Thursday, January 26, 2012

Institutional Buildings Become Exclusive Condos

Two recently unveiled projects are the latest sign that the Manhattan residential development engine is beginning to crank up again - from river to river.

Hudson Street Nursing Home Soon to be The Abingdon

At 607 Hudson Street in the West Village, a red brick building that was once the Village Nursing Home is being converted to condominiums by Flank, a design and development company in Chelsea. Not long ago, 607 Hudson housed some 200 residents, but soon it will be just 10 apartments.

The century-old building at Hudson Street and West 12th Street was converted from a hotel to a nursing home in 1958. Although it was renovated in 1981, the building was no longer adequate to serve its patients and was sold in 2008.

FLAnk was able to secure construction financing from Quinlan Development Group to convert the property into 10 condos ranging from 3,300 to 9,600 square feet. The dimensions of the former nursing home, with three street frontages and four exposures, were conducive to sprawling units, as was the location, in one of the most picturesque parts of the West Village.

FLAnk plans to do a gut renovation of the property and bring condos to market in the summer of 2012.

The building will be FLAnk's third recent condo development in the West Village. In 2007 the group turned a 150-year-old church on West 4th Street into an eight-unit condo called the Novare. Completely sold, units garnered sales prices ranging from $2.4 million to $6.3 million.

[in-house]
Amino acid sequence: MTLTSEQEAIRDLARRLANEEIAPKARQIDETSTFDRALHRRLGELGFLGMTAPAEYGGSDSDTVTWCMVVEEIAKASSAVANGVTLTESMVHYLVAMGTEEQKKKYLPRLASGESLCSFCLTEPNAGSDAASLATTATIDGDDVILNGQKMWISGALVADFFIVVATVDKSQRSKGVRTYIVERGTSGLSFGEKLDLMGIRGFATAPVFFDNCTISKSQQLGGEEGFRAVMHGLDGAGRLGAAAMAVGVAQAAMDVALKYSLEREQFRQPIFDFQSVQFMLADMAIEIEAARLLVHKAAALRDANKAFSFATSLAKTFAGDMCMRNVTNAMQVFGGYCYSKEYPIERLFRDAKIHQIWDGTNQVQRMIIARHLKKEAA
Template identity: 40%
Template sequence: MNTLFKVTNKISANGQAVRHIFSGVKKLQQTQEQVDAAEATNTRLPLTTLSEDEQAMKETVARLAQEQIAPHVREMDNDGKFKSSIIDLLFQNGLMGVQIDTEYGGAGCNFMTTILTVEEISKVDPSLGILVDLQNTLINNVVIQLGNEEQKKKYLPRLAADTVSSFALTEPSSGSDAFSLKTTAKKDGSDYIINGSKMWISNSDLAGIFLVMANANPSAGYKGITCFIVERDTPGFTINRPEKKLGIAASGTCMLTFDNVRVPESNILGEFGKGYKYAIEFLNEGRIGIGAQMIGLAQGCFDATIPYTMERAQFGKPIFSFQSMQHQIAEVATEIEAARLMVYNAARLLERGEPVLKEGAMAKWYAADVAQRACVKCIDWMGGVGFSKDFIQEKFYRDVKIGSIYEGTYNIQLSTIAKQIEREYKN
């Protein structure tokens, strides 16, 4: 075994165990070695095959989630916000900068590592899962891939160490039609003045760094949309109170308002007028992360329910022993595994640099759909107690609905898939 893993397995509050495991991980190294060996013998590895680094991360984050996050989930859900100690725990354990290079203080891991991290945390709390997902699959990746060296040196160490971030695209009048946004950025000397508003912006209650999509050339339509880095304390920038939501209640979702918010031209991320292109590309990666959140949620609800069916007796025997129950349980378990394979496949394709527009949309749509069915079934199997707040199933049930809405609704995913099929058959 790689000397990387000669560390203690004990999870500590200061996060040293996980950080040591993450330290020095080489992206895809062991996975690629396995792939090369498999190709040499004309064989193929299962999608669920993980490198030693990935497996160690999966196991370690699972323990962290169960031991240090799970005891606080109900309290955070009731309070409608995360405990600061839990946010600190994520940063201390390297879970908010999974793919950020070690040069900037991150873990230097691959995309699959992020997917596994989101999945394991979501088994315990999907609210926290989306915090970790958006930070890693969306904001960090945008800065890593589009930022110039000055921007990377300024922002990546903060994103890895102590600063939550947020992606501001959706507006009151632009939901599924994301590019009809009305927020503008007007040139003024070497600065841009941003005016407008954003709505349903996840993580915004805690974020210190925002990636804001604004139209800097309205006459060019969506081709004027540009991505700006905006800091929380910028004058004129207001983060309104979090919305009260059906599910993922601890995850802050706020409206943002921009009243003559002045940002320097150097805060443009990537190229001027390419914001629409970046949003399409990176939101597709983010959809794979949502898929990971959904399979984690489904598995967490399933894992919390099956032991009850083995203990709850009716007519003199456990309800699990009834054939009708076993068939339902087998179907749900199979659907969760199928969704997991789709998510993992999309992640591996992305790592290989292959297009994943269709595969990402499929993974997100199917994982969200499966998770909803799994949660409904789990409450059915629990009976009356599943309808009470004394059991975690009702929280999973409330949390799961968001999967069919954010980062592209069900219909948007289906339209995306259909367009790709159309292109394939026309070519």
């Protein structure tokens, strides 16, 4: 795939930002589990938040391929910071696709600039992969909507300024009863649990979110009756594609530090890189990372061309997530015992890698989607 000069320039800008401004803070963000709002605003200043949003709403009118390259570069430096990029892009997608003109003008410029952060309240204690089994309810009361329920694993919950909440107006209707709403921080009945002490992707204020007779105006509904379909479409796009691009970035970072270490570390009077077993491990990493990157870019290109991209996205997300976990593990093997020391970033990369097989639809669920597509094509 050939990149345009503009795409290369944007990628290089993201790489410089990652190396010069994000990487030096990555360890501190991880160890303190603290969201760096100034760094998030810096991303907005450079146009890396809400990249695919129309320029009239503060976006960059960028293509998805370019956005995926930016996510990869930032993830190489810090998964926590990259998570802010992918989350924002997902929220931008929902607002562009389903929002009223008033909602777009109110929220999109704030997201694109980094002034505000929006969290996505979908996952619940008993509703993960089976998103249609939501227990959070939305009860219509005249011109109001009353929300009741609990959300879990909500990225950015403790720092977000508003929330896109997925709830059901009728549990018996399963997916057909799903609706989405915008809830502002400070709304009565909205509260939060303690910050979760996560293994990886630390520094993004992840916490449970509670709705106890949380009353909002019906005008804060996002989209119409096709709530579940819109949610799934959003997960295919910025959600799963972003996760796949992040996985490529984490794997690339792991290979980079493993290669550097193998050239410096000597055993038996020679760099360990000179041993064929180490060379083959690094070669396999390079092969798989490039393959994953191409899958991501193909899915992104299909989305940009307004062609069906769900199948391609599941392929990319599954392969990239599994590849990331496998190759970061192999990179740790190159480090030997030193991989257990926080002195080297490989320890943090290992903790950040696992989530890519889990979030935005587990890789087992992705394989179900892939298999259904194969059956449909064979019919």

In 2009 the company built 385 West 12th Street, a luxury building with a copper facade, which has sold 11 out of its 12 units. Its 12th unit is set to come on the market this month for $7 million.

Former Salvation Army Building Getting a Makeover

18 Gramercy Park South once housed the Parkside Evangeline Residence, run by the Salvation Army, which for more than 40 years provided affordable housing for women. 

Now, what had been a 300-bedroom building will be converted into 17 condos, each of 4,500 square feet or more.

Plans call for a gut renovation of the 17-story building, and construction of 15 full-floor residences and two duplexes.

Part of the first floor and a mezzanine will be combined into one unit, while floors 16 and 17 will turn into a dramatic duplex. The full-floor, family-sized apartments will spread just over 4,500 square feet -- and buyers get a key to the very private and tranquil Gramercy Park.

The team behind the project - which also built 15 Central Park West - includes developers William and Arthur Zeckendorf and architect Robert A. M. Stern.